Skip to main content

BASW initial response to the Independent Review of Children’s Social Care

A full analytical look of the Review, its recommendations, and how it impacts all areas of social work will be forthcoming soon

The Independent Review of Children’s Social Care (May 2022) makes recommendations that are wide-ranging, systemic and structural. It will be judged on whether its recommendations are both credible and realistic in tackling the deep problems in the children’s social care system.

BASW is committed to improving social work practice and the lives of children and families. As child welfare professionals and as a society, we must find the best ways to ensure children are receiving the support and protection they need and deserve.

All Reviews, critical analyses and research often highlight areas of learning and challenge, they are ultimately welcome. However, they must also be judged in the contexts, circumstances, and political climate in which they have been undertaken.

Unfortunately, many of our members have not experienced the Review process as inclusive and told us that they are concerned about the separation of services and the life journey of a child not being seen as part of a continuum.

They are also worried about the further privatisation of services and the many covert ways this can be achieved. As a professional association we are committed to embracing system change for the good of children and families when this is informed by evidence.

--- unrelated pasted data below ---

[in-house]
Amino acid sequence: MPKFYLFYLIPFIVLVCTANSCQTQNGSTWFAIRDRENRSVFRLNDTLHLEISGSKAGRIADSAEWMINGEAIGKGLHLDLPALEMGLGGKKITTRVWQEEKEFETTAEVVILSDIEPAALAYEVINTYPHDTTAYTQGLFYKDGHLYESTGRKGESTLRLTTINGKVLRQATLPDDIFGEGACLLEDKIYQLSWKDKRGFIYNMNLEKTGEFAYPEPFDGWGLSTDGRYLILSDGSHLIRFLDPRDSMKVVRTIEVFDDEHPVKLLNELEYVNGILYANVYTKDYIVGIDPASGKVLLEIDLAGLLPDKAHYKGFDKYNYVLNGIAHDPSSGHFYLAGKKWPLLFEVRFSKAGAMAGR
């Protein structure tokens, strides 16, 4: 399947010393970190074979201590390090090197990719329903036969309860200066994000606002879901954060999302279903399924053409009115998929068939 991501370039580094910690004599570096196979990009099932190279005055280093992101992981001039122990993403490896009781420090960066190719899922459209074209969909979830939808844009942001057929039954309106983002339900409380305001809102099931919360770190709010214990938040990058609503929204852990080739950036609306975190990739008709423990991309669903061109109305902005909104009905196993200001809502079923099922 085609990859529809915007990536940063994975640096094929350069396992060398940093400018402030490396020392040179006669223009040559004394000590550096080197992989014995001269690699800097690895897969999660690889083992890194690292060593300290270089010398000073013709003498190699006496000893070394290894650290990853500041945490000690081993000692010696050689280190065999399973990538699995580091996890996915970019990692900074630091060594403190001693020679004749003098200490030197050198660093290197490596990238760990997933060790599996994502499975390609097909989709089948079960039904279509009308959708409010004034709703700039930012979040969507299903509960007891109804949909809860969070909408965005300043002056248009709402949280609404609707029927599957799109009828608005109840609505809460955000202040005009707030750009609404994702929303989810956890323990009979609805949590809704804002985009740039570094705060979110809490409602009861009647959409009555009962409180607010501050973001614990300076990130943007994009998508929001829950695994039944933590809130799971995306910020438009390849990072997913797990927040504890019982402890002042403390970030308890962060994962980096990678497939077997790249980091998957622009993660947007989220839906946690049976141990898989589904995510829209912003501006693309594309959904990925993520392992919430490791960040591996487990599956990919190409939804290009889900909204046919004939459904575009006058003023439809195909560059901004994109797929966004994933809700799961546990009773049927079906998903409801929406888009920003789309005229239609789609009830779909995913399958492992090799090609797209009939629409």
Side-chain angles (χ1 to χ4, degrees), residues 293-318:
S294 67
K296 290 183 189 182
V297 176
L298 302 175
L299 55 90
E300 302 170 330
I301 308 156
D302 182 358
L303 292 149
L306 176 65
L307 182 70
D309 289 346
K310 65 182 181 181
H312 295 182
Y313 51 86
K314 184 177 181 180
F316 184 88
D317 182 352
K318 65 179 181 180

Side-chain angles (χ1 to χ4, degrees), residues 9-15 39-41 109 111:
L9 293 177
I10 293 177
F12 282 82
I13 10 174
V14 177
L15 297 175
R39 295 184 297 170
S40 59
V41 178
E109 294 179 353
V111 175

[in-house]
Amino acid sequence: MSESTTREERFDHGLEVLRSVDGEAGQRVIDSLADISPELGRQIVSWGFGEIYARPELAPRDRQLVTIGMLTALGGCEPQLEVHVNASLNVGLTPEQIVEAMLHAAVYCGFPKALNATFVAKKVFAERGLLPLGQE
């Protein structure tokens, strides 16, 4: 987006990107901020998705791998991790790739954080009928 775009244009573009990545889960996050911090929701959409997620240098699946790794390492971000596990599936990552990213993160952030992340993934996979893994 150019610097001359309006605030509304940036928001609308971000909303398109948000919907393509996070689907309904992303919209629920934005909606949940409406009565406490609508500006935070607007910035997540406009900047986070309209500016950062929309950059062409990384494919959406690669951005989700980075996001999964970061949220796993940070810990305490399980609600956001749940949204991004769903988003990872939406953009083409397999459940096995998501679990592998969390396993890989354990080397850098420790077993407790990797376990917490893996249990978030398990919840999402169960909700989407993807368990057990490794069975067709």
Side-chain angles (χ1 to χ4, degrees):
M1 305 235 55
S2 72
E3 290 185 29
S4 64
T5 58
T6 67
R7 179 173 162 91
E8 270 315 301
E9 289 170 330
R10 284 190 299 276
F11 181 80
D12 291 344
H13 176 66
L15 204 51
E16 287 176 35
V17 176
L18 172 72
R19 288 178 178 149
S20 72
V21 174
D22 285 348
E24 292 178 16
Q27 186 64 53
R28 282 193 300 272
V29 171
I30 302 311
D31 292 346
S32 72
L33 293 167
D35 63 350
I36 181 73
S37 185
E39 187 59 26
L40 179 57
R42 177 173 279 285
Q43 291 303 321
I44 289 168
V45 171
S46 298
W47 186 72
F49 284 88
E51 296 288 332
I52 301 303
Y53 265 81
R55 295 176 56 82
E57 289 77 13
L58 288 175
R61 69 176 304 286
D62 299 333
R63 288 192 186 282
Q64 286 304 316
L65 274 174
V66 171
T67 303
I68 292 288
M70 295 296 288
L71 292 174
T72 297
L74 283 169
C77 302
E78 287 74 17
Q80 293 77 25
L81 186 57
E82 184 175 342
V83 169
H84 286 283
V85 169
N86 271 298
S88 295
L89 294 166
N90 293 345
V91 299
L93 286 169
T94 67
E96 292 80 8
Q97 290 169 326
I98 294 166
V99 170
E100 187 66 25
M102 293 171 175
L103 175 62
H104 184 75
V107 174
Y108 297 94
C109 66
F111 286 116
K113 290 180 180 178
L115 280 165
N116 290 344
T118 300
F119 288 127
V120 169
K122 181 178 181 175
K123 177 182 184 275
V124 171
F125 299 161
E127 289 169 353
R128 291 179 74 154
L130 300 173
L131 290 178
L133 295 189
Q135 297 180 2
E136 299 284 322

The wellbeing, welfare and best interests of children must be paramount, and the government must provide long term sustainable investment to all parts of children social care, including Early Help and a renewed focus on recruitment and retention of social workers and social care workforce.   

Specific roles in social work

There are many areas of social work, specific disciplines and roles, experiences and skills, that will be affected by this Review.

In the following days, weeks and coming months, we will be consulting with our social work membership on all of these areas to ensure that the final report matches the realities of social work practice experiences.

The journey from recommendation to attempted implementation will be long and we shall follow, analyse, and comment on it at all stages – guided of course, by our members.

We want to ensure that recommendations and solutions are robust, evidence-informed, and routed in fairness, social justice, children's rights, and anti-oppressive practice.

Media work

In the immediate media coverage after publication on Monday 23/05/2022, BASW engaged with several outlets including the BBC, Sky News, ITV news and local TV news channels and radio stations.

Without a full analytical look at the 278-page document, having only received it 24hrs prior to publication, BASW cautiously welcomed some of the aims of the Review – namely to develop and advance the children’s social care system, to put children’s needs and voices at the heart of planning and to support and develop the social work workforce.  

However, in all our media engagement we consistently emphasised these changes will only be possible with an end to unfeasibly high workloads, inconsistent supervision and mentoring, and poor career and development pathways which drive desperately needed experienced people out of the profession.  

We were also consistent in wanting real government action on family poverty, housing stress and inequality. Public service austerity has not only driven social care services to breaking point it has fundamentally undermined social protection for the poorest and most marginalised. 

While tackling poverty and funding cuts are in the Review report, it needs to be unequivocal in asking Government to act on poverty and structural underfunding of preventive and universal services which is increasing demand on social services and inequalities between areas.